Notably, ACS patients were excluded from the largest ABSORB trial, ABSORB III13, while they represented 47% of the whole population of the GHOST-EU registry (GHOST-EU)14, 53.6% in the all-comers AIDA trial15, and 59% in ours. Furthermore, despite the fact that indications for an aggressive lesion preparation and BVS post-dilatation were only suggested (not mandatory or pre-specified in terms of balloon type or atmospheres), the operators’ behaviour was surprisingly in line with the actual standards for an optimal BVS implantation, with very high predilatation and post-dilatation rates. These technical steps during BVS implantation resulted in being different in our study compared to the GHOST-EU registry (predilatation: 100%, post-dilatation: 49%)14, ABSORB III trial (predilatation: 100%, post-dilatation: 65.5%)13 and AIDA trial (predilatation: 100%, post-dilatation: 63%)15. Along with high predilatation and post-dilatation rates, 48% of our patients (all with ACS at admission) received a novel antiplatelet agent (i.e., ticagrelor and prasugrel) as a part of the DAPT regimen. This adjunctive pharmacological aspect (using newer drugs) may have played a protective role against sudden early and late thrombotic events, just as DAPT prolongation could have done beyond one year for very late events16.

As a potential consequence of those procedural approaches, TLR, ScT as well as DOCE rates (3.3%, 1.3%, and 3.9%, respectively) were lower in comparison to those of similar studies on this topic. In particular, the multicentre GHOST-EU retrospective registry included a large variety of patient/lesion subsets (1,189 patients/1,440 lesions) showing TLR and definite/probable ScT rates of 2.5% and 2.1% at six-month follow-up. The authors commented that at least a certain number of events could be attributable to procedural issues including dissections left untreated and inadequate BVS apposition or expansion. They also commented that 39% of the patients who experienced ScT had the device post-dilated while fewer than 15% had intravascular imaging14.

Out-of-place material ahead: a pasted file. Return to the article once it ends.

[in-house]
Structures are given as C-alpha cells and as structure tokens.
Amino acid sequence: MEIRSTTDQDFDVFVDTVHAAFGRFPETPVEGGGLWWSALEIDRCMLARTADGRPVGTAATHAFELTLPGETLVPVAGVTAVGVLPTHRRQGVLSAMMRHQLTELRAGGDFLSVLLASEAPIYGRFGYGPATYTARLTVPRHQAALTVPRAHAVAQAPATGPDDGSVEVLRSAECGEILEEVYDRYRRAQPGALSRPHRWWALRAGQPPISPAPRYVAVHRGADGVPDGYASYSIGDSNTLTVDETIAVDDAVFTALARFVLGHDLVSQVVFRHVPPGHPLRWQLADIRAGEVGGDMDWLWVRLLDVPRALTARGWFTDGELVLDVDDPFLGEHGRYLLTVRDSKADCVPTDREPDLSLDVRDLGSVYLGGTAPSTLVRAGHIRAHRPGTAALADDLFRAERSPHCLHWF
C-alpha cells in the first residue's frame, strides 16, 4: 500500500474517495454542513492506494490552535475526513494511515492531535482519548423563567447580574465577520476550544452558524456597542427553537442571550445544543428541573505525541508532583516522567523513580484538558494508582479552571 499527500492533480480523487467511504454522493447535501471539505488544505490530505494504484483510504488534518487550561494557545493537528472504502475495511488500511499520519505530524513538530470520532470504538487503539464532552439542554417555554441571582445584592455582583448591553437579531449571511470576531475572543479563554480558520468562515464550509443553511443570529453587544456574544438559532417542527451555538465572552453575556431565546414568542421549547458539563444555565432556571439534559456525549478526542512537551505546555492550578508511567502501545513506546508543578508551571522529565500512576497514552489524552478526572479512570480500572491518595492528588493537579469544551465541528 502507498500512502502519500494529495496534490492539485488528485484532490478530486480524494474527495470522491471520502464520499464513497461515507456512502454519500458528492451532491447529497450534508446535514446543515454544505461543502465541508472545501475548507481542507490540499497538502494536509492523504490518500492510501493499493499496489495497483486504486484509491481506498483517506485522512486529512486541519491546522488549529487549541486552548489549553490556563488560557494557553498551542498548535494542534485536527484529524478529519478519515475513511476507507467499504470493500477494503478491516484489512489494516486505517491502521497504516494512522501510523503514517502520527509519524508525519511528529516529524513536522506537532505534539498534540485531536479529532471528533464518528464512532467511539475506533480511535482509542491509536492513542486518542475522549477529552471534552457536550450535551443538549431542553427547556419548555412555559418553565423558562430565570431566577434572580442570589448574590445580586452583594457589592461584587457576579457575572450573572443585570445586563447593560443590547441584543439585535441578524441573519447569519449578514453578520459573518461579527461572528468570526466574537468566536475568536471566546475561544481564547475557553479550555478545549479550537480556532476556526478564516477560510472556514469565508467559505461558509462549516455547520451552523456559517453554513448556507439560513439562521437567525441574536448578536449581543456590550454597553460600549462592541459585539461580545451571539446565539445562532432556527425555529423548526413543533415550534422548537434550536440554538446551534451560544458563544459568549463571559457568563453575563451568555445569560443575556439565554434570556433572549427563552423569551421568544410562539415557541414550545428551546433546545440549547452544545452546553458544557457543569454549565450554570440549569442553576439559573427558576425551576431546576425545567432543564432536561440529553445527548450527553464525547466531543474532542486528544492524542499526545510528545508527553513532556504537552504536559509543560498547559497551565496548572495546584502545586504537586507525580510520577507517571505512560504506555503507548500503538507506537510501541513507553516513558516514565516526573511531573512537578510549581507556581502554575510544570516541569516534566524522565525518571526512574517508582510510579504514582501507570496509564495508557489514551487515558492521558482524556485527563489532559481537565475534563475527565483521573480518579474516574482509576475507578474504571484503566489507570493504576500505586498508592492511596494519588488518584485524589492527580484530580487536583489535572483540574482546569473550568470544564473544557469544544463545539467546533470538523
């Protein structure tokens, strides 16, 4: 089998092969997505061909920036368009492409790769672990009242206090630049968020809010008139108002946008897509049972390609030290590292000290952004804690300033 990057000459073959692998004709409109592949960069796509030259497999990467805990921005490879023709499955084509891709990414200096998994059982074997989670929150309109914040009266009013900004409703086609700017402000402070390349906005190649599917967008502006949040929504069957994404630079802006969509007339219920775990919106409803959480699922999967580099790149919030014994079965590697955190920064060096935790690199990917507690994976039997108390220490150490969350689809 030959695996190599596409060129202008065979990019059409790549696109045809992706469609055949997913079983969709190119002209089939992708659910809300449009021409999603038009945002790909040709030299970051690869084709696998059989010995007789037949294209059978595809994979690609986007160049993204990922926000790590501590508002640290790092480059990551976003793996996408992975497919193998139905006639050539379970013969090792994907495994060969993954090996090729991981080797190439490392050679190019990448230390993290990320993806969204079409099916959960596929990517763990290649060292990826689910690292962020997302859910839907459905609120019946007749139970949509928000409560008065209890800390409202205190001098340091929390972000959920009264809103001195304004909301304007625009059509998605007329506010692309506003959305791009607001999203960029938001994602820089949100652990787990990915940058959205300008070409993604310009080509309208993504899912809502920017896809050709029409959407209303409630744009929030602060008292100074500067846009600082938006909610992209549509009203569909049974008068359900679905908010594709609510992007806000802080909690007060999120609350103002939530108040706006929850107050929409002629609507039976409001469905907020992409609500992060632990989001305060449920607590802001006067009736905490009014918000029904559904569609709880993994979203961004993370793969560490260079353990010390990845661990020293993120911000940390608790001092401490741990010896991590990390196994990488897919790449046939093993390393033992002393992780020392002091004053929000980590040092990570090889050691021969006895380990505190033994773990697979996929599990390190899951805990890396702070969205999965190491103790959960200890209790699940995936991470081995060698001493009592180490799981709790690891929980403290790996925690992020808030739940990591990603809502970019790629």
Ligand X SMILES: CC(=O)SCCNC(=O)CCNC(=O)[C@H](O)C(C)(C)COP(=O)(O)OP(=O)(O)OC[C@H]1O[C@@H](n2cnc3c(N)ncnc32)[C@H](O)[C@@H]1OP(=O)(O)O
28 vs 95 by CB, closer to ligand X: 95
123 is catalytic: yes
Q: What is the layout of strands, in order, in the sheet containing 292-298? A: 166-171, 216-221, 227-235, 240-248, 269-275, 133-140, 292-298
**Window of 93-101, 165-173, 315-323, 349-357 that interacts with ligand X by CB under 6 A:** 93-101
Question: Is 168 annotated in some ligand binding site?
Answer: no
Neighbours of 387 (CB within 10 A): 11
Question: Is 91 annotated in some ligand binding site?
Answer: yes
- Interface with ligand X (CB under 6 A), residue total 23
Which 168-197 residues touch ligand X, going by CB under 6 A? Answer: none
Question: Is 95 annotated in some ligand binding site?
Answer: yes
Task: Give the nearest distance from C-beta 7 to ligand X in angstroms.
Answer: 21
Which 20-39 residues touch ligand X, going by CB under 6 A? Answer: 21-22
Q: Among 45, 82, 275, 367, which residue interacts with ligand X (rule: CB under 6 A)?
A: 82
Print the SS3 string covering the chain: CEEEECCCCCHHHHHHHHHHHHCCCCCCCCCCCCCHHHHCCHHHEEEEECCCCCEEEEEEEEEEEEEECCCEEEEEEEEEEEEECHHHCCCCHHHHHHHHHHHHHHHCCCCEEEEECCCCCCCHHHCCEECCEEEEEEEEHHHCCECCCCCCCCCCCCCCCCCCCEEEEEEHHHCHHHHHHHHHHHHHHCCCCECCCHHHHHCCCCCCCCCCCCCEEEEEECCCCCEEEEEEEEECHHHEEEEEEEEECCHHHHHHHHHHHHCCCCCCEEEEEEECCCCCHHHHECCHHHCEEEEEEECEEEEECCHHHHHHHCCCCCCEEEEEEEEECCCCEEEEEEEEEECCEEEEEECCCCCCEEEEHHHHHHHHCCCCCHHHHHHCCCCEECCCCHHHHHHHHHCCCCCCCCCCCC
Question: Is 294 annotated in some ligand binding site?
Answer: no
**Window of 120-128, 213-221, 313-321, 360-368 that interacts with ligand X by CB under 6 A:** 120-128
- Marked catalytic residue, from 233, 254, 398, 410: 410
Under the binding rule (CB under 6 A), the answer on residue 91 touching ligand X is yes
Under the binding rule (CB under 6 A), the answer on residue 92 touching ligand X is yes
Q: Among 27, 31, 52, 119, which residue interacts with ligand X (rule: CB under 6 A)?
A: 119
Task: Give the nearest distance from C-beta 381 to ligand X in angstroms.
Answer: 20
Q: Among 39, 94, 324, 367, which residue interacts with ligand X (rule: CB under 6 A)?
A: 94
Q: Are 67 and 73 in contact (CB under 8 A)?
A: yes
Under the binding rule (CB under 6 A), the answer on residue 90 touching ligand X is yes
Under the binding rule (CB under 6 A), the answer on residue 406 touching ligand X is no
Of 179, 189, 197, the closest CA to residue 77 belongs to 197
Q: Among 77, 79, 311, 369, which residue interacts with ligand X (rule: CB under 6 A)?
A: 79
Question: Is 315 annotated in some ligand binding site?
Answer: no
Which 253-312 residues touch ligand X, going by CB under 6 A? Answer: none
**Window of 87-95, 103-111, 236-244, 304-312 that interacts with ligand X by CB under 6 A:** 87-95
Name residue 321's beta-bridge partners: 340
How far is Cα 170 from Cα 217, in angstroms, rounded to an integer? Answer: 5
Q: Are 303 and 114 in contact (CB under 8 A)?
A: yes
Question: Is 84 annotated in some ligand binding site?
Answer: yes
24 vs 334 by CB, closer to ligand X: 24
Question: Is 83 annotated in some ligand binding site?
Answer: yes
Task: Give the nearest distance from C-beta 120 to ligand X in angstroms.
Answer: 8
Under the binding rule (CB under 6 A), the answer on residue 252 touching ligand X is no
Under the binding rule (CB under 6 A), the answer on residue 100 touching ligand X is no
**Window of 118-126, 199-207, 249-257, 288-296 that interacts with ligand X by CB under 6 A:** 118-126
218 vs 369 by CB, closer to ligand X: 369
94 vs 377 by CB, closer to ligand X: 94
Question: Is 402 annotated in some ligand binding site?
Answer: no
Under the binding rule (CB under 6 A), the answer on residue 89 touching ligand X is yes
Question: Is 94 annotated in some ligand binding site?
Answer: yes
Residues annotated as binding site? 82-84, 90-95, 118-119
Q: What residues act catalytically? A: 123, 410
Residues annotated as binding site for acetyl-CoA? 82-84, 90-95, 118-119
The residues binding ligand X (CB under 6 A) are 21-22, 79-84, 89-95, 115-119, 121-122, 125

Similar results were shown in the ISAR-ABSORB study17, where the rates of definite/probable ScT and TLR were 2.6% and 9.1% at 12 months. As the bulk of ScT were seen within 30 days, this suggested that the occurrence of events is probably related to specific procedural issues (post-dilatation: 71.5%).

The importance of the implantation technique to obtain a symmetrical and optimal BVS expansion reducing the shear stress and the risk of early and midterm events has definitely been demonstrated by different studies7,18. Puricel et al demonstrated an ScT rate of 1.0% at one year7, while in the single-centre, real-world analysis by Tanaka et al the ScT, TV-MI and TLR rates at one year were 1.2%, 1.8% and 6.6%, respectively18. Our clinical findings are in line with those results, even if the intravascular imaging-guided BVS implantation rate was lower in our cohort compared to the study by Tanaka et al (12.4% vs. 85.8%); this aspect could have influenced the outcomes particularly in off-label lesions. On the other hand, the significantly higher cardiac death and MI rates reported in the “hybrid” group (no data for this population reported by Tanaka et al) may reflect our more cautious lesion selection (according to the limitations of current BVS) resulting in DES plus BVS use for the management of very complex CAD containing unfavourable BVS segments.